Continue north and you’ll find the villages of Ossun and Vatican set in beautiful country landscapes. Farther north is Cankton, where you’ll find authentic Cajun grocery stores. The folks in Cankton claim the best boudin (rice and pork sausage) is made here. Be sure to sample some other local delicacies as well, such as oyster Po-Boy sandwiches and barbecue, plus hospitality offered by friendly people.

Just outside of Sunset is Chretien Point Plantation. Hypolite Chretien built this antebellum home in 1831. The house has five bedrooms, a drawing room, a formal dining room, a family dining room and kitchen. In the rear hall is a stunning staircase that inspired Hollywood’s creation of the stairs at Tara in “Gone With the Wind.”

Chretien Point Plantation escaped destruction during the Civil War, although battles were waged in its front yard. A cannonball destroyed a column on the west side of the house, and there’s a bullet hole in the front door.

The Chretiens lost the home in the late 1800s, and the house slowly fell into disrepair over the years.

In 1975, Louis and Jeanne Cornay bought and restored the home to its original beauty. Although original furnishings were removed by the Chretien family, the new occupants furnished the home with antiques representative of the 1830s. In 1991, the plantation was transformed into a bed-and-breakfast inn. In addition, guided tours are available to the public; admission is $6.50 for adults, $3 for children under 12, free for children under four. For information call 1-800-880-7050.

It’s a miracle

Grand Coteau is the final destination of the tour. This quaint little town is home to the Academy of the Sacred Heart/Grand Coteau. The academy serves as a day school for girls pre-kindergarten through 12th grade, as well as a boarding school for grades eight through 12. The school, founded in 1821 by the Society of the Sacred Heart (a French religious order), is the second-oldest learning institution west of the Mississippi River.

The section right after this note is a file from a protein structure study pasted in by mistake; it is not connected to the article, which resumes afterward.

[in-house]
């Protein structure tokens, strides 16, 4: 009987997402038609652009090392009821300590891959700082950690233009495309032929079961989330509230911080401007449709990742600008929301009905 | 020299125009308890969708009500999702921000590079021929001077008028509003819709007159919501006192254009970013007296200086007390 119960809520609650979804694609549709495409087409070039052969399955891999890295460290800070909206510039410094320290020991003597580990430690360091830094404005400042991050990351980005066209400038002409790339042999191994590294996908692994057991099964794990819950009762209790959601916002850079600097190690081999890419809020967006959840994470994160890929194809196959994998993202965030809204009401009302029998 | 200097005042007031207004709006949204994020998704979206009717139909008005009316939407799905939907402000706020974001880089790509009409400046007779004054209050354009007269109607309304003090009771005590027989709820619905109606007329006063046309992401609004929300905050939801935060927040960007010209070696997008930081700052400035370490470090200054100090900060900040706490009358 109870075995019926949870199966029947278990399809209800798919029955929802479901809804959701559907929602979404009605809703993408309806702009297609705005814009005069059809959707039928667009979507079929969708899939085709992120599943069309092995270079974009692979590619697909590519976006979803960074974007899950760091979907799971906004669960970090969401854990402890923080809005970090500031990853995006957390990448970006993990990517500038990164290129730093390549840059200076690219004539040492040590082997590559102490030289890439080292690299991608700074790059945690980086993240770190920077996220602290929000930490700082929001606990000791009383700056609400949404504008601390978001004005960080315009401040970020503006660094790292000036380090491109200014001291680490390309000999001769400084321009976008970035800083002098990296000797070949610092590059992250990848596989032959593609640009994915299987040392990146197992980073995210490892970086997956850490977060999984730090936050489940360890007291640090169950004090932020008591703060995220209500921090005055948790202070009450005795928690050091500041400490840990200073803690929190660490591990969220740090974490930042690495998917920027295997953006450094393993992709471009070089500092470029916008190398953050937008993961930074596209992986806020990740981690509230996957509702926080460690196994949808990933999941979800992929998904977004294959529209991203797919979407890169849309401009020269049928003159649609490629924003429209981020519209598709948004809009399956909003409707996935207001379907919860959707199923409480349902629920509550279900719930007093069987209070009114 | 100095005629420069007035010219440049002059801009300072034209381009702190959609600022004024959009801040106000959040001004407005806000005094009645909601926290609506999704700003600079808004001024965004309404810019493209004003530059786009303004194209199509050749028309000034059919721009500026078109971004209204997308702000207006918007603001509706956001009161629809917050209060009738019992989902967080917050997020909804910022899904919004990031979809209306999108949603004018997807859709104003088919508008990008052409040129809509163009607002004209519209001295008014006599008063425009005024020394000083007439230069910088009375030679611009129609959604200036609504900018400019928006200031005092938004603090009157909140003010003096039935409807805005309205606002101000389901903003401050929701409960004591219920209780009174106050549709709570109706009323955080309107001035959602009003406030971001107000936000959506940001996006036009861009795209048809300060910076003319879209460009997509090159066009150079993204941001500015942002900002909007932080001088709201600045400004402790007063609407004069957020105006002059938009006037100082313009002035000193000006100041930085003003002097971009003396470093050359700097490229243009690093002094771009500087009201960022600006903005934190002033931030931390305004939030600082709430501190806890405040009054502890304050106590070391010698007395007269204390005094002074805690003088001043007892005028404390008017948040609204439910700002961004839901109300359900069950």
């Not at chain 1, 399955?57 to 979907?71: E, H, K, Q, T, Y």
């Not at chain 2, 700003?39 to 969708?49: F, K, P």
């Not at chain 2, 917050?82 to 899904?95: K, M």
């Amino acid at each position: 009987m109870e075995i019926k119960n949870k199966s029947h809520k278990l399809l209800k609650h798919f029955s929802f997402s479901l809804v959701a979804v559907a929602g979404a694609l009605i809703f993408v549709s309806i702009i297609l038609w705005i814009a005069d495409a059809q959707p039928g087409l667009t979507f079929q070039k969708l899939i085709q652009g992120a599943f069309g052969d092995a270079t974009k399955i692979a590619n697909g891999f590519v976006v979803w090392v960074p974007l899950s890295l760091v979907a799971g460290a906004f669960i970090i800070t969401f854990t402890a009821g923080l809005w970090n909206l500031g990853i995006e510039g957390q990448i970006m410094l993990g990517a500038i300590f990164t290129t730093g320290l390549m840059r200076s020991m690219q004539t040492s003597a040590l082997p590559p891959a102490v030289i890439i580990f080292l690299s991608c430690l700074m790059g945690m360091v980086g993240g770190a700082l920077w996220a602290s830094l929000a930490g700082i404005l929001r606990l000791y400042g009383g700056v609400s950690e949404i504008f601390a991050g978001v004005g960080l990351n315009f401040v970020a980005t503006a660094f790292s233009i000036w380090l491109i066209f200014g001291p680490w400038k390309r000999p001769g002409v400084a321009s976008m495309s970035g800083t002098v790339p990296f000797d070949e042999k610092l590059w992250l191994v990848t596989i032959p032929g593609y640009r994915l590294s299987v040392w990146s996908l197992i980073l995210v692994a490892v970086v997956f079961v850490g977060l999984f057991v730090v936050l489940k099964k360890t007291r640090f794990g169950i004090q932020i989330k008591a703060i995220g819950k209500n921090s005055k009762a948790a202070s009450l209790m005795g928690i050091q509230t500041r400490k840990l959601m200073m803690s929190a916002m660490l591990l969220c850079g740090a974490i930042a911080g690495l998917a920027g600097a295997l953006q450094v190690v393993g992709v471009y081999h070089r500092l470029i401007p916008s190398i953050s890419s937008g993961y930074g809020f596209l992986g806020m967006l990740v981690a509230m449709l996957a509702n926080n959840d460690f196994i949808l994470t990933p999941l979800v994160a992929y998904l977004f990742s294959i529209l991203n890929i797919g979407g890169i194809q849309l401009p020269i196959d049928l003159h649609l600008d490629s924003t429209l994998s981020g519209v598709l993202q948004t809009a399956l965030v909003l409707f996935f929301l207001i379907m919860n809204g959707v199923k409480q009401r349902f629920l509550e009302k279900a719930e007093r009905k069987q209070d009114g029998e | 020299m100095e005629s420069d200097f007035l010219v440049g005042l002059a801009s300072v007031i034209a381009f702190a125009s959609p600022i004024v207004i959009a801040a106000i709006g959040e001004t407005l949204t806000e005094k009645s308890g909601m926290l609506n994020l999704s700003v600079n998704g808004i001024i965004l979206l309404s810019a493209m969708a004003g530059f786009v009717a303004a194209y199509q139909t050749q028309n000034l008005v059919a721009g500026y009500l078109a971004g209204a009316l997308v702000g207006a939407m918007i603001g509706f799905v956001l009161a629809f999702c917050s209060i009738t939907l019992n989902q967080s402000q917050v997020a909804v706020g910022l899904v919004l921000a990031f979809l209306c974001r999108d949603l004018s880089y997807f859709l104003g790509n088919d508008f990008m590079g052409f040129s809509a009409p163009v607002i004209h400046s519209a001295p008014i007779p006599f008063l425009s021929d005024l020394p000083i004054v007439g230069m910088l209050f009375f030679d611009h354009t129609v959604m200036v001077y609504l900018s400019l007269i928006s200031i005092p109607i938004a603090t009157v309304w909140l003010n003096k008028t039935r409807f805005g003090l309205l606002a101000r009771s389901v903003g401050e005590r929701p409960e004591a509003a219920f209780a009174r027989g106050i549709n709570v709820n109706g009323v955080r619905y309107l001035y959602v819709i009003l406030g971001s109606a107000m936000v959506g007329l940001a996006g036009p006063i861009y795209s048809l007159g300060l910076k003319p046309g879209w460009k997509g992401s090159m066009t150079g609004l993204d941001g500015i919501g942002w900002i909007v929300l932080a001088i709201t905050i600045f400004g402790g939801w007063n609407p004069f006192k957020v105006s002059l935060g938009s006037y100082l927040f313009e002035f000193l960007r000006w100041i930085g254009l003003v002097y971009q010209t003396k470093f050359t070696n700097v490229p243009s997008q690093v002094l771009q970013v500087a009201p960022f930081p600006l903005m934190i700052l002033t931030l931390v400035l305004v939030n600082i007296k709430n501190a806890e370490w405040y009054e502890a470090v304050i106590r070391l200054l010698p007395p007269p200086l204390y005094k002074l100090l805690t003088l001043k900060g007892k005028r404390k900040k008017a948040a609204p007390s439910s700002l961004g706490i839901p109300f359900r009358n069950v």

Mrs. Charles Smith, the widow of a wealthy planter, donated 50 acres and money for the foundation of the all-girl Catholic school. The academy’s main building dates to 1830 and is on the National Register of Historic Places. More than 70 buildings in town appear on that register.

During the Civil War, battles were fought in the area, but the academy was protected from harm, thanks to Union Gen. Nathaniel Banks. His daughter attended the Sacred Heart school in New York City, and the school’s head mistress asked the general’s wife to speak to her husband about protecting the Louisiana school. She must have made a persuasive argument, because Banks ordered any soldier to be shot if found on the school grounds. And he directed valuable supplies to the town and school through his commissary officer.

Another interesting man has historic ties to the academy. The Roman Catholic Church recognizes a miracle involving a Jesuit novice, John Berchmans, that took place at the nun’s infirmary. A young, gravely ill nun witnessed a vision of Berchmans and was healed. This event led to the canonization of St. John Berchmans in 1888. The academy’s Shrine to St. John Berchmans is the only one in the United States located in the room where an authentic miracle took place.

The shrine is on the tour of the academy that is available by appointment, Monday–Friday. Admission is $5 for adults, $3.50 for senior citizens and children under 12. For information, call (337) 662-5275.

The short byway tour takes a full day to explore, but it’s a trip well worth taking. Not only do you learn some south-central Louisiana history, but you also experience one of the most interesting cultures in the country. Sample Cajun life on The Real French Destination Scenic Byway.

Justin L. Redman is a contributor from Monroe, La.